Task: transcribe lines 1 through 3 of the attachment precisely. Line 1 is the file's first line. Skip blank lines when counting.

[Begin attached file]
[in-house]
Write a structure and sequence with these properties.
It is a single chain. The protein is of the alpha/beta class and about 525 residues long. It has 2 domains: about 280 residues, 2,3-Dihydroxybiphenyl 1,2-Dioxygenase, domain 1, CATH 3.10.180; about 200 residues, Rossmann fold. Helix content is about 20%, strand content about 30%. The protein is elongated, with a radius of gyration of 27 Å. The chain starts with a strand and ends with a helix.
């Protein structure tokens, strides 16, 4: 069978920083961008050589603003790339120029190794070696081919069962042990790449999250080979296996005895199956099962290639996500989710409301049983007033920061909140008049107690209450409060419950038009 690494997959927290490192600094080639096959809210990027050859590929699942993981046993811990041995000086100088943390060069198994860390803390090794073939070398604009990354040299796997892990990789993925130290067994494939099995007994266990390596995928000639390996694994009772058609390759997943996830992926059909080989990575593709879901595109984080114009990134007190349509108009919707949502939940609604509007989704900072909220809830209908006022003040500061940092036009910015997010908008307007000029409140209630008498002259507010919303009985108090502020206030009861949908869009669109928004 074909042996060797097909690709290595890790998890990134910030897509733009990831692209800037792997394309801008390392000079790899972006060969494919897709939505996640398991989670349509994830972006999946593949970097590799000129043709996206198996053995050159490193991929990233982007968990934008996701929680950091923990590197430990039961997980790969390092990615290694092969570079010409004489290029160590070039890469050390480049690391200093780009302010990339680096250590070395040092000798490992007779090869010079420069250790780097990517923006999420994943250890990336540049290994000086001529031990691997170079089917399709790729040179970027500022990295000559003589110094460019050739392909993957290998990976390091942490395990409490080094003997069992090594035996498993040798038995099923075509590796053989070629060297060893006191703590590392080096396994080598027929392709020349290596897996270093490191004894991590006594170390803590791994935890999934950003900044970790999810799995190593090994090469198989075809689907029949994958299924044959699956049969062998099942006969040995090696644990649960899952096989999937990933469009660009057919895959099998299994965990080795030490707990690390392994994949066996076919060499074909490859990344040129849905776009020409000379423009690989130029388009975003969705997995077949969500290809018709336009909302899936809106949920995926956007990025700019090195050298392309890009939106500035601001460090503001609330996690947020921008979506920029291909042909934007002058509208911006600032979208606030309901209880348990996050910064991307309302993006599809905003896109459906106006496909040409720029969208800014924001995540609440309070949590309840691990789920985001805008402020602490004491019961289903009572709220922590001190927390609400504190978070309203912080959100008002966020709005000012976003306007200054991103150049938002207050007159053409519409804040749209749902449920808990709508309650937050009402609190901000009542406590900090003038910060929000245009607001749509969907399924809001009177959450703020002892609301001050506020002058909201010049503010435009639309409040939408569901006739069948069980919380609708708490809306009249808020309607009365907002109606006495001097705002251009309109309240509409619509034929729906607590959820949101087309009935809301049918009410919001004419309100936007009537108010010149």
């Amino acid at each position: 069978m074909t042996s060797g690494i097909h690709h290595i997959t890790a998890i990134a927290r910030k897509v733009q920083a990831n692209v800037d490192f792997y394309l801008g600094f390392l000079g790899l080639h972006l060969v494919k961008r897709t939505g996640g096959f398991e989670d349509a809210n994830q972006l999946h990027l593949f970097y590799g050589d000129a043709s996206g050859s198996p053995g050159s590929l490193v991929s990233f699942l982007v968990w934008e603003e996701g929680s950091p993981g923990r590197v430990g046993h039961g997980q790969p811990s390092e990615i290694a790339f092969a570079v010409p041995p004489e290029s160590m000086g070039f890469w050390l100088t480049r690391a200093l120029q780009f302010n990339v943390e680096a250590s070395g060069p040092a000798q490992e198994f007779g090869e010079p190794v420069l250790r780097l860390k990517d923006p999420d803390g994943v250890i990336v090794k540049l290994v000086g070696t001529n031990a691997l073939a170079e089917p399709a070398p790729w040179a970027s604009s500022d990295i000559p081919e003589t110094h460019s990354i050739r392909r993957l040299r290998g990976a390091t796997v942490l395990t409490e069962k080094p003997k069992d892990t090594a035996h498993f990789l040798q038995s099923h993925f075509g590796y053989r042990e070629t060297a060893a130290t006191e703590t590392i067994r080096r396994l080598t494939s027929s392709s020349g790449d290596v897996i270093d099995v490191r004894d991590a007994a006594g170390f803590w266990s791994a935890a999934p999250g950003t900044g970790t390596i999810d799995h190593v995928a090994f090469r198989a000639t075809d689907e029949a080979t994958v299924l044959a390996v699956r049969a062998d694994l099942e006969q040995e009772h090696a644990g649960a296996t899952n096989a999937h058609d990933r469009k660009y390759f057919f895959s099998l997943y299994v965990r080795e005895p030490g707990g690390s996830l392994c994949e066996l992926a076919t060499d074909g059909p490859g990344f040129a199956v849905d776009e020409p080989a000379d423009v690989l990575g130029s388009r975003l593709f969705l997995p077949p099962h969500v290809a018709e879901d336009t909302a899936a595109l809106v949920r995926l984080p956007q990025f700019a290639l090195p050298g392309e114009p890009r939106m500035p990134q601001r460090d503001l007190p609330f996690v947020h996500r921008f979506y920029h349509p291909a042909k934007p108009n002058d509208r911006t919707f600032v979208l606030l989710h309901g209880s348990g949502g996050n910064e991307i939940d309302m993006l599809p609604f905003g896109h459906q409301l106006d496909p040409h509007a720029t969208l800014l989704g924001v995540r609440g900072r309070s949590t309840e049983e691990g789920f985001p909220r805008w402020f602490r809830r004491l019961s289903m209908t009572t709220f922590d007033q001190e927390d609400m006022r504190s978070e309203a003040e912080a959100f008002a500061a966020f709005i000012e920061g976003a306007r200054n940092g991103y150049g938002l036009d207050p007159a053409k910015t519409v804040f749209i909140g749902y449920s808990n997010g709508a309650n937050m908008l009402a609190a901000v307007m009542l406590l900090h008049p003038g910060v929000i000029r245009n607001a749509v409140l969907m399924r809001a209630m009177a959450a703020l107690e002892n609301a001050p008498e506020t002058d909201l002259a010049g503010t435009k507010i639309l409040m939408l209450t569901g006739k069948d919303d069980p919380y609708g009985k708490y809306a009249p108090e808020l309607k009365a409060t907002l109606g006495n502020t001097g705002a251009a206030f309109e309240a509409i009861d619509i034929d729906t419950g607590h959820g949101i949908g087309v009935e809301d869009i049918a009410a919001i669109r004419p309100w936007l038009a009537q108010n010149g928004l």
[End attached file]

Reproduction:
[in-house]
Write a structure and sequence with these properties.
It is a single chain. The protein is of the alpha/beta class and about 525 residues long. It has 2 domains: about 280 residues, 2,3-Dihydroxybiphenyl 1,2-Dioxygenase, domain 1, CATH 3.10.180; about 200 residues, Rossmann fold. Helix content is about 20%, strand content about 30%. The protein is elongated, with a radius of gyration of 27 Å. The chain starts with a strand and ends with a helix.